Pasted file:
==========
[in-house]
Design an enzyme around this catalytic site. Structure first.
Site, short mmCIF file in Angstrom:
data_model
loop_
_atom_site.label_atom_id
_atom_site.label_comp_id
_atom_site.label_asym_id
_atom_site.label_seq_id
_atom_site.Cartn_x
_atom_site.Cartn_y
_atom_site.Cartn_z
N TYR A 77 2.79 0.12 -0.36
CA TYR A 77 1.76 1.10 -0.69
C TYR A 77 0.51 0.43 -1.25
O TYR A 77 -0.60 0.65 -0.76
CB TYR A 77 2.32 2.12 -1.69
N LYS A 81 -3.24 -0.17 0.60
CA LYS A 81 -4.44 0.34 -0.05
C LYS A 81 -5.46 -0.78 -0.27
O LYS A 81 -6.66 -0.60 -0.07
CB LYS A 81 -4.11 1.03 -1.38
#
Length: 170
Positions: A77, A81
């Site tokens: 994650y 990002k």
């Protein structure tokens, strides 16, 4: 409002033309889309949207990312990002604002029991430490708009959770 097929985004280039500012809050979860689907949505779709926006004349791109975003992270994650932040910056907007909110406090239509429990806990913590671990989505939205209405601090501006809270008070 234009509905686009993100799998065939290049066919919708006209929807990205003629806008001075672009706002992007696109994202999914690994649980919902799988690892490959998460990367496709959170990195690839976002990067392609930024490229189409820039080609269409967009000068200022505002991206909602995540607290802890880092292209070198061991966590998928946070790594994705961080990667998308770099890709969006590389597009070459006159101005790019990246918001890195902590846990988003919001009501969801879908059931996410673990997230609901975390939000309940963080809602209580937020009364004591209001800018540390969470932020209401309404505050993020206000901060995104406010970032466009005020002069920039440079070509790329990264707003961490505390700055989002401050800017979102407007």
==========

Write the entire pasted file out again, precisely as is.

[in-house]
Design an enzyme around this catalytic site. Structure first.
Site, short mmCIF file in Angstrom:
data_model
loop_
_atom_site.label_atom_id
_atom_site.label_comp_id
_atom_site.label_asym_id
_atom_site.label_seq_id
_atom_site.Cartn_x
_atom_site.Cartn_y
_atom_site.Cartn_z
N TYR A 77 2.79 0.12 -0.36
CA TYR A 77 1.76 1.10 -0.69
C TYR A 77 0.51 0.43 -1.25
O TYR A 77 -0.60 0.65 -0.76
CB TYR A 77 2.32 2.12 -1.69
N LYS A 81 -3.24 -0.17 0.60
CA LYS A 81 -4.44 0.34 -0.05
C LYS A 81 -5.46 -0.78 -0.27
O LYS A 81 -6.66 -0.60 -0.07
CB LYS A 81 -4.11 1.03 -1.38
#
Length: 170
Positions: A77, A81
């Site tokens: 994650y 990002k």
């Protein structure tokens, strides 16, 4: 409002033309889309949207990312990002604002029991430490708009959770 097929985004280039500012809050979860689907949505779709926006004349791109975003992270994650932040910056907007909110406090239509429990806990913590671990989505939205209405601090501006809270008070 234009509905686009993100799998065939290049066919919708006209929807990205003629806008001075672009706002992007696109994202999914690994649980919902799988690892490959998460990367496709959170990195690839976002990067392609930024490229189409820039080609269409967009000068200022505002991206909602995540607290802890880092292209070198061991966590998928946070790594994705961080990667998308770099890709969006590389597009070459006159101005790019990246918001890195902590846990988003919001009501969801879908059931996410673990997230609901975390939000309940963080809602209580937020009364004591209001800018540390969470932020209401309404505050993020206000901060995104406010970032466009005020002069920039440079070509790329990264707003961490505390700055989002401050800017979102407007």